In this context, Iraq launched the Baghdad Conference for Cooperation and Partnership in August 2021. The conference was attended by essentially all the parties involved in Iraq’s Iranian-Arab diplomacy. It was also attended by French President Emmanuel Macron and tentatively endorsed by the United States as an Iraqi-led regional diplomacy platform.
Compared to the geopolitical polarization associated with the Accords, Iraqi diplomacy hence looks much safer and more inclusive. Also, it does not rely on the US to deliver outcomes for its participants, unlike the Accords where it took Washington’s greenlight of Emirati F-35 fighter jet purchases and its recognition of Moroccan claims over the disputed Western Sahara to get the two Arab states to sign normalization pacts with Israel.
Co-founder of the Quincy Institute Trita Parsi highlighted this as a key advantage for Iraqi diplomacy over the Accords due to the US’ growing urge to disengage from the Middle East. Describing the Baghdad Conference and the Accords as two diverging regional diplomatic models, Parsi stated:
“Moreover, while the Accords were largely imposed upon the Middle East, with the United States bribing or pressuring states to come along, the impetus for the Iraqi diplomatic initiative came from within. Innovatively, for Middle Eastern standards, it seeks stability without requiring a taxing dependence on Washington’s political and military resources.”
Iraq’s position on Israel
Iraq never established bilateral relations with Israel and has historically seen it as an enemy. Israel’s support for secessionist elements in the Iraqi Kurdistan province underpins Baghdad’s view of Tel Aviv as a destabilizing influence for both Iraq and the region overall.
Iraq’s regional diplomatic strategy accounts for its desire to deter Israel. In parallel with expanding the scope of its diplomacy, Iraq has increased its crackdowns against internal actors with ties to Israel. In May 2022, Baghdad passed a law criminalizing relations with Israel in response to an event advocating Iraqi-Israeli relations that was held in Erbil, Iraqi Kurdistan a month before the Baghdad Conference. This, of course, parallels fact that Iraq will not partake in diplomacy involving Israel and Israeli-Arab normalization.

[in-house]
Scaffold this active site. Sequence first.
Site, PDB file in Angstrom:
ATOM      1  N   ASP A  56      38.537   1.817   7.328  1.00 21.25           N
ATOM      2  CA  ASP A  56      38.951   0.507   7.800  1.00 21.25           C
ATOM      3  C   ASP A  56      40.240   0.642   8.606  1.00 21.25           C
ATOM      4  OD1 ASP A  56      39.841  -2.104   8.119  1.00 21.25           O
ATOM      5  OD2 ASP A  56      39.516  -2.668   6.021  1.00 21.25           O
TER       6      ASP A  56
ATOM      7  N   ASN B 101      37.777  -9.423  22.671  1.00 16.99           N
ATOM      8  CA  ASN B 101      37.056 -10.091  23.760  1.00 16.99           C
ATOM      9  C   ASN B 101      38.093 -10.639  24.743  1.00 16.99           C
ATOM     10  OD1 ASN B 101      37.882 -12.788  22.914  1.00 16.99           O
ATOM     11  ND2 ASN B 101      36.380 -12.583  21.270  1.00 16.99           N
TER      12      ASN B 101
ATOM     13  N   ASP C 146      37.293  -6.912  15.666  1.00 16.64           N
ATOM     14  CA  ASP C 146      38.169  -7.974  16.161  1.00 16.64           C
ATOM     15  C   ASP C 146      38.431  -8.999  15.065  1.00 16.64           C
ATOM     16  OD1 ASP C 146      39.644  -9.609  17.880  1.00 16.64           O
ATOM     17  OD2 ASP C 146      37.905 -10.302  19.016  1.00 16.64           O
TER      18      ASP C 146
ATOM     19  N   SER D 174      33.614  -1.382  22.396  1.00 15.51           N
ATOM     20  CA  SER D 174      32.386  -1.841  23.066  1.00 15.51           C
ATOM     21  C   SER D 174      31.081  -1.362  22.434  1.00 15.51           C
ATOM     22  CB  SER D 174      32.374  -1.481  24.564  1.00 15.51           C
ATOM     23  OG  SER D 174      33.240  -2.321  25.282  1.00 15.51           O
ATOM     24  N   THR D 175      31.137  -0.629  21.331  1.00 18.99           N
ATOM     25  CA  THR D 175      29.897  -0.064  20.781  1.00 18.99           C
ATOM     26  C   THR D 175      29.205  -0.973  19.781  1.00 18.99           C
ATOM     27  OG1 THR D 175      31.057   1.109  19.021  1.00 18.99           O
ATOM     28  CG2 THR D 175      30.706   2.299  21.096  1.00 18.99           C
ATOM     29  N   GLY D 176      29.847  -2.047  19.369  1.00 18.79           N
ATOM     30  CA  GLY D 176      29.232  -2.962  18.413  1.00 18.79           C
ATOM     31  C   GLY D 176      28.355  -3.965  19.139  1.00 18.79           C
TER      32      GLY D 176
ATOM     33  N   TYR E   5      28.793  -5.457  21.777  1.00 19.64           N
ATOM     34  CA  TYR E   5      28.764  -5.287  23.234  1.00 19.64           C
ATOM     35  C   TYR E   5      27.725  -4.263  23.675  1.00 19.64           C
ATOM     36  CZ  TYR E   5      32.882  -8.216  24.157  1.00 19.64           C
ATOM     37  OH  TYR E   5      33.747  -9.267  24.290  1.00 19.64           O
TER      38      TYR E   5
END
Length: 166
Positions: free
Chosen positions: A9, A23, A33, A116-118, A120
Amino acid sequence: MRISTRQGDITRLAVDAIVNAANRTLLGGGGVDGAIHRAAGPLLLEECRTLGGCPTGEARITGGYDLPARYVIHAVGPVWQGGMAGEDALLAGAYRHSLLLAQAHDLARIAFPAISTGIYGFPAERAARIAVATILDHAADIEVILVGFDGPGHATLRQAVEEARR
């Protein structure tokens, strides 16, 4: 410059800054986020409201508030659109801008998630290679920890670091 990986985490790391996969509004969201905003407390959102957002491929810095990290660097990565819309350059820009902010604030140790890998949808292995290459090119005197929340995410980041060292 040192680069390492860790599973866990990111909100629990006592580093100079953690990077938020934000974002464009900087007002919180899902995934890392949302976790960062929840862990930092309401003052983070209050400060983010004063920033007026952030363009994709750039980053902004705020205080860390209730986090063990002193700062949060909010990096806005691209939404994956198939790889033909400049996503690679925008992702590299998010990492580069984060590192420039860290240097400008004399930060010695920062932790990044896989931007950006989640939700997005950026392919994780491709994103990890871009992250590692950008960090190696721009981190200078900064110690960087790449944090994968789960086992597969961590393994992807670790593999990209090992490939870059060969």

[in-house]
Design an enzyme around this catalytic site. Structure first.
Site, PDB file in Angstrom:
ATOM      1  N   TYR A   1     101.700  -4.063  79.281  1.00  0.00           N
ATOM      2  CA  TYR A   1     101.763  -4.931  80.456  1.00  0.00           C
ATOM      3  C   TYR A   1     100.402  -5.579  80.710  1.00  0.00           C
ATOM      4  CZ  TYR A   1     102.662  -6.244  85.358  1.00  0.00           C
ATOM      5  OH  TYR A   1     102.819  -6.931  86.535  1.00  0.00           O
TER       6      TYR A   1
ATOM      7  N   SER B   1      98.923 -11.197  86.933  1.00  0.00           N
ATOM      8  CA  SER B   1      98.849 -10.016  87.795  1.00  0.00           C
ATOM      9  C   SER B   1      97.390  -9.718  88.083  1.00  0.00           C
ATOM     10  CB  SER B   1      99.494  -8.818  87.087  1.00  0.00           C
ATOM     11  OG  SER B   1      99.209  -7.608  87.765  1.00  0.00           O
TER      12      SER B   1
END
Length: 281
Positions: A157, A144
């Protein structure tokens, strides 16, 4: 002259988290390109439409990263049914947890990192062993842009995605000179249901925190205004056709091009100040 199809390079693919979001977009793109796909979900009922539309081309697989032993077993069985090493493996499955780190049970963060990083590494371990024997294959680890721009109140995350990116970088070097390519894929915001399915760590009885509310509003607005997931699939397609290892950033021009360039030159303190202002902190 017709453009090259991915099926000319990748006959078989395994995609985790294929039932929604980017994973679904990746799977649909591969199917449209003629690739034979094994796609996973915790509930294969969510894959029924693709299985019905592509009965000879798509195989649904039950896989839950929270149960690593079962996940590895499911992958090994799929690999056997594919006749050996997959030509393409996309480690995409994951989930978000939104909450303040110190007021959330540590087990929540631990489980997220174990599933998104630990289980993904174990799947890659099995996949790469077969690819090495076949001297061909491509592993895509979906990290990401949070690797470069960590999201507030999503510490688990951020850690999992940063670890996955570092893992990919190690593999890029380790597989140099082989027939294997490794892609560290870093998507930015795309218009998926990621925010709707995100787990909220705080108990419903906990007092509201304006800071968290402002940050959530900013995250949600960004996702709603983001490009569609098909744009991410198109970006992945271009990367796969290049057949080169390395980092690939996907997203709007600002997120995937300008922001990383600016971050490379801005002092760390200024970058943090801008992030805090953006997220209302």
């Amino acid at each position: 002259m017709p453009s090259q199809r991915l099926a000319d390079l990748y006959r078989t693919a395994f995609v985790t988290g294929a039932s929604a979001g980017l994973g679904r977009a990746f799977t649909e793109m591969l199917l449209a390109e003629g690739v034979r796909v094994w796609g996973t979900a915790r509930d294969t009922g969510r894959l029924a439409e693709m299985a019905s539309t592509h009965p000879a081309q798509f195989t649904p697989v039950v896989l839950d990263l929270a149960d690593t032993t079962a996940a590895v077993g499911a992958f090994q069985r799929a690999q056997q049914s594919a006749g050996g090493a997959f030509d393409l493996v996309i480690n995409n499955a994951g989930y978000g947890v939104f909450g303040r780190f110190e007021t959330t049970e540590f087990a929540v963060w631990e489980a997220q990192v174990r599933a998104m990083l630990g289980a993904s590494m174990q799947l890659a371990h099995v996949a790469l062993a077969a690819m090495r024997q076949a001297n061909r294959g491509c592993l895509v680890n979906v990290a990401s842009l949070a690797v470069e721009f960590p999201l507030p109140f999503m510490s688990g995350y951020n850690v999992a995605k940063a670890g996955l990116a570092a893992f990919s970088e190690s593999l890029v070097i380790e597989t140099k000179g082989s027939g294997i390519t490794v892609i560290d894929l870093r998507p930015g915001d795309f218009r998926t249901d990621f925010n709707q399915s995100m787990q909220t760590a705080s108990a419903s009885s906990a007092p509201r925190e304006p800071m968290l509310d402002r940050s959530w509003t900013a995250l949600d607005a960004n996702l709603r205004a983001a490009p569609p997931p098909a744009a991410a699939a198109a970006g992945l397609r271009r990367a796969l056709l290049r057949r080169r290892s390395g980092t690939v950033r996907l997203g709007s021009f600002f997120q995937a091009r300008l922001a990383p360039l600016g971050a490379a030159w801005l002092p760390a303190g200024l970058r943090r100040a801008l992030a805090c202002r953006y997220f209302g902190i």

Iraq’s reservations about Israel will be taken more seriously as the former consolidates its centrality in the Middle East’s emerging diplomatic architecture. The consensus across the region on the need for sustained, multilateral diplomacy is greater now than it has ever been, and this gives states reason to acknowledge Iraq’s red-line on Israel to ensure that Baghdad remains willing as their go-to diplomatic broker.
Furthermore, the fact that Iraqi Kurdistan has turned into a flashpoint of Iranian-Israeli tensions gives Iraq an effective pretext to include opposition to Israel’s regional role into its diplomatic strategy. Indeed, Baghdad can stress Israel as an outside influence that is disturbing the relative calm in Iraq that both Tehran and the Arab states have been able to benefit from despite their many differences.
Whether Iraq raises its issues with Israel multilaterally or takes the matter up one-to-one with its regional peers, it will have a strong point from a regional stability and de-escalation angle.
Whether or not Iraq’s Iranian-Arab diplomacy overtly challenges the Abraham Accords, it is poised to leave a strong and lasting impression on the emergent paradigm of multilateral diplomacy in the Middle East.
The Abraham Accords aim to do precisely this, but will face stiff challenges from the progress and stable foundations of Iraq’s diplomatic initiatives.